Boys Don’t Cry?
April 13, 2015 1 Comment
This is my post from this morning at the Watchtower. As you know, I rarely crosspost between the sites, the mission is different, as is the readership. But this one, I think, transcends the differences, and has lessons for us on both sites. You’ll find a link in the post to an article of Jessica’s which I urge you to follow, as I do with the links she provided.
I think you will find here, a measure of what we, as a society lose, when we perceive that our forebears were different and perhaps cold. They were not, they just had different priorities, and I think more valid ones.
On the post entitled The War of Ideas (6) Thoughtful Traditionalism, Nicholas commented that
This also raises an issue about the health of the church and society in general, which is the difference in outlook between the generations which needs to be healthily discussed with perhaps confession on both sides. “Boys don’t cry” is a Victorian fallacy that people my age have rejected – but it grieves us to be at variance with our fathers. Who’s advocating for our heartache?
To which I replied with this
Be careful, Nick. Yes, we were taught that but there was a lot more to it than “Boys don’t cry’. What it really was, was a lesson in self discipline. What it really said was, “Boys (actually, men) don’t cry-in public because they have work to do.” They felt things just as you do.
In my family, you rarely get more than a handshake-the first time I ever hugged my brother in law was about 2 years ago at my sister’s funeral, and I’m in my sixties. I never thought he didn’t feel things, he’s buried one daughter, and his parents and all those things but, his duty was to keep the family going, and he did..
Kipling may be the best Victorian example we have, read his “My boy, Jack” or even better the video of it. He was no different from you (or I) he just did his duty first, and grieved later and privately. That is the Northern European ethos, and it always has been, It’s also why (in good measure) our society is less corrupt than others, we keep our eye on the ball.
My dad’s line was illustrative. when I’d get the normal bangs and bruises of an active little boy, and whine about it, dad would always comment, “I didn’t feel a thing”. Now, I don’t notice even when I spring a leak, if I’m doing something, there’s time for that later.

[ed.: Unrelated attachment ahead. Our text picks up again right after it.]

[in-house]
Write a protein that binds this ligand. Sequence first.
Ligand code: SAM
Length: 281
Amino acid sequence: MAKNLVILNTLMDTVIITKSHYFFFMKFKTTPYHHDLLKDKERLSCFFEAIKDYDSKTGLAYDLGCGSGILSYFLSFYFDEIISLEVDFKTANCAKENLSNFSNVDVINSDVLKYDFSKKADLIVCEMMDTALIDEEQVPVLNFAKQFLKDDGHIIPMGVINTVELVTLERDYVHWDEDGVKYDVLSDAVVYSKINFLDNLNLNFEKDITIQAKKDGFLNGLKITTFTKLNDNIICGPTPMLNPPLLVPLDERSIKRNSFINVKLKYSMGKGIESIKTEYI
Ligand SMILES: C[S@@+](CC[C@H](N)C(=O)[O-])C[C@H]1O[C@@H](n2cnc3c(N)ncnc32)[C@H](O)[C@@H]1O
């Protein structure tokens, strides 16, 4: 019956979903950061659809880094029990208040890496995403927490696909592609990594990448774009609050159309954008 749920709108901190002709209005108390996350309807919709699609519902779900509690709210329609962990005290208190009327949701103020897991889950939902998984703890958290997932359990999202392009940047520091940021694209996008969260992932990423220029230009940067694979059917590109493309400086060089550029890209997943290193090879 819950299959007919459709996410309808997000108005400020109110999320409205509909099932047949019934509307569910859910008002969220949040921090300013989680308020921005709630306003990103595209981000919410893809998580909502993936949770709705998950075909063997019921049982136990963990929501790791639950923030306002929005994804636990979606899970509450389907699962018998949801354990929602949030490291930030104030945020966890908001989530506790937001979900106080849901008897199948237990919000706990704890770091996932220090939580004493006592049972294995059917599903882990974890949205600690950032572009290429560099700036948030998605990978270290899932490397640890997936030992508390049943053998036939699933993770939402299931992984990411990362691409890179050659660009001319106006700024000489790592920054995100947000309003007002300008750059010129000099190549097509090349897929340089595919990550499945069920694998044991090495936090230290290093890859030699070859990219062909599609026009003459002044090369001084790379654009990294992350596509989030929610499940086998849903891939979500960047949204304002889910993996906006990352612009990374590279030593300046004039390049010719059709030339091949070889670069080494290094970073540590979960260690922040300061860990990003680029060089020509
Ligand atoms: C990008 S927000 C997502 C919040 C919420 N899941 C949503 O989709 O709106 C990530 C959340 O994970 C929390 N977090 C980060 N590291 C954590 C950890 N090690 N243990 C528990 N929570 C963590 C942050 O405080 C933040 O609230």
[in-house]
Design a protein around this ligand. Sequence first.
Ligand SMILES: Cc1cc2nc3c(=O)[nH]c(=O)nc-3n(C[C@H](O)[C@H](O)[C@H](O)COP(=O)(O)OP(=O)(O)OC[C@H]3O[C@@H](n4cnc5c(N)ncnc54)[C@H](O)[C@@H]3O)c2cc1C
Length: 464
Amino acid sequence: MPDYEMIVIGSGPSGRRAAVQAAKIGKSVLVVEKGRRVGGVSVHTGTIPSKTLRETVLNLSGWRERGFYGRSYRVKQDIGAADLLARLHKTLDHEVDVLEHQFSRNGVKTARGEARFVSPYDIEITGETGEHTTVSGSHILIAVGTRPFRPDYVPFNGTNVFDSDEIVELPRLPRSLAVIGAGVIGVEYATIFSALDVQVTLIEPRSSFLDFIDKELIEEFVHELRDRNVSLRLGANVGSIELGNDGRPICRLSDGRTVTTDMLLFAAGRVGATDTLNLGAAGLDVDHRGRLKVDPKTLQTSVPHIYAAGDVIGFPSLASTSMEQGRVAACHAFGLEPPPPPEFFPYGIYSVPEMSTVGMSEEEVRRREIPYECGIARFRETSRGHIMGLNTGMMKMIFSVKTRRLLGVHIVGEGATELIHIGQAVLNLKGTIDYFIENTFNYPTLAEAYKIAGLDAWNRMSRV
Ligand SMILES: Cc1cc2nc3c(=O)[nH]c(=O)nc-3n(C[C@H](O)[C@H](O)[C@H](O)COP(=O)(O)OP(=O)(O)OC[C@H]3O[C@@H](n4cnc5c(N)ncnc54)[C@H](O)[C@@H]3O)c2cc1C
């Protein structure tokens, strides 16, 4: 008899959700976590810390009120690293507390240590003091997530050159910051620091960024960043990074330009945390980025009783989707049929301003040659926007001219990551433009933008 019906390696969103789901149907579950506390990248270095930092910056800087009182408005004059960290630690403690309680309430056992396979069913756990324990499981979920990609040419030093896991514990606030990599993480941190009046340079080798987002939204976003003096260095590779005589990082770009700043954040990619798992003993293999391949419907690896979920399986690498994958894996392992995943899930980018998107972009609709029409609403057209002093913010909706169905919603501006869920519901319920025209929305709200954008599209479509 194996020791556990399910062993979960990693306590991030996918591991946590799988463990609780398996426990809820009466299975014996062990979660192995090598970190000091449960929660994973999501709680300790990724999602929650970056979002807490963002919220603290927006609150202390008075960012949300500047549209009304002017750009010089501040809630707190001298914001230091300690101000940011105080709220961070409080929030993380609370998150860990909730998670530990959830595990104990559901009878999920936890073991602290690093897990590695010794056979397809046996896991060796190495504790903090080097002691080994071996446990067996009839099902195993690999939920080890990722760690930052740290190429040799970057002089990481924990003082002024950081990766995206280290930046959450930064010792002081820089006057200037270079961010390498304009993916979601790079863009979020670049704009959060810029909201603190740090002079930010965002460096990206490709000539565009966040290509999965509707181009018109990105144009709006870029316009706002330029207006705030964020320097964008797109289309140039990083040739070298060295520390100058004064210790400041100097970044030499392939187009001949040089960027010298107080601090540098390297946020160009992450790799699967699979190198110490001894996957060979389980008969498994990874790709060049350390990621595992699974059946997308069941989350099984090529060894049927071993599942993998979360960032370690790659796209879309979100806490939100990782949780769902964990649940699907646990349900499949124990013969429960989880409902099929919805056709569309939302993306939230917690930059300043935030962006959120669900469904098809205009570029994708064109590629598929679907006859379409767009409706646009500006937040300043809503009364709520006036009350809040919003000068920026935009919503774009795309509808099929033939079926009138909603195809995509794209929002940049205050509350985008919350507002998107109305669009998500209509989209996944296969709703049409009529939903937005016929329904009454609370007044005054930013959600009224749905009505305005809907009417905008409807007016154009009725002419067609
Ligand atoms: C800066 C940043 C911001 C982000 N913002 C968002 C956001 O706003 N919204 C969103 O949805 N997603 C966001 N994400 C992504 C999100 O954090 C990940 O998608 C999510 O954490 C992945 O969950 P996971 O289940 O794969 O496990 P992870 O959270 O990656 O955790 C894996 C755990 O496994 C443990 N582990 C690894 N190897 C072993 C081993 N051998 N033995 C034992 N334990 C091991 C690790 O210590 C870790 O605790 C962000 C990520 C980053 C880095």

But the other example I use is that when I was about sixteen, we were painting a car, and the thinner splashed into my eye. Dad happened to look at me (I don’t remember that I said anything, but I couldn’t open my eye. Mom was watering the flower bed and dad yelled at her (and this is nearly the only time I heard him raise his voice) for her to bring the hose over. She was completely unaware and said effectively, “What?”
Dad’s answer for the only time I ever heard him say it was, “Bring that f***ing hose here!” I found out later that no one had heard him use that word since about 1935 but, it mattered right then.
One does what is necessary to accomplish the mission, that’s what it’s all about, it’s not about our feelings.
But let’s expand a bit on that. Nobody that I know of is advocating for anybody’s heartache, we all have that, and we have in all our generations. In fact, I’d guess that we have less cause for it than any generation before us, whichever generation we are a member of. But we’re always going have some. Essentially, that’s life.
There’s nothing particularly Victorian about it either. We tend to think so because that is the literature that we read. But if you read Beowulf, or the Icelandic Sagas, or indeed the Bible, you’ll find the same themes, it comes down to growing into manhood. It’s not easy, in fact, it’s very difficult, and how well a society does it, is one of the measures of that society’s viability.
The difference with the Victorians was that they openly talked about duty, more than most societies that came before them. A good example is this.
If you can dream—and not make dreams your master;
If you can think—and not make thoughts your aim,
If you can meet with Triumph and Disaster
And treat those two impostors just the same:.
If you can bear to hear the truth you’ve spoken
Twisted by knaves to make a trap for fools,
Or watch the things you gave your life to, broken,
And stoop and build’em up with worn-out tools;
If you can make one heap of all your winnings
And risk it on one turn of pitch-and-toss,
And lose, and start again at your beginnings,
And never breathe a word about your loss:
If you can force your heart and nerve and sinew
To serve your turn long after they are gone,
And so hold on when there is nothing in you
Except the Will which says to them: “Hold on!”
If you can talk with crowds and keep your virtue,
Or walk with Kings—nor lose the common touch,
If neither foes nor loving friends can hurt you,
If all men count with you, but none too much:
If you can fill the unforgiving minute
With sixty seconds’ worth of distance run,
Yours is the Earth and everything that’s in it,
And—which is more—you’ll be a Man, my son!
And the great thing about the Victorians was that they not only ‘talked the talk’ (very well), they ‘walked the walk’ as well. I mentioned this in my comment quoted above. Jessica introduced it to us and explained its background.
We’d do well, I think to quit denigrating them and attempt to live up to their example.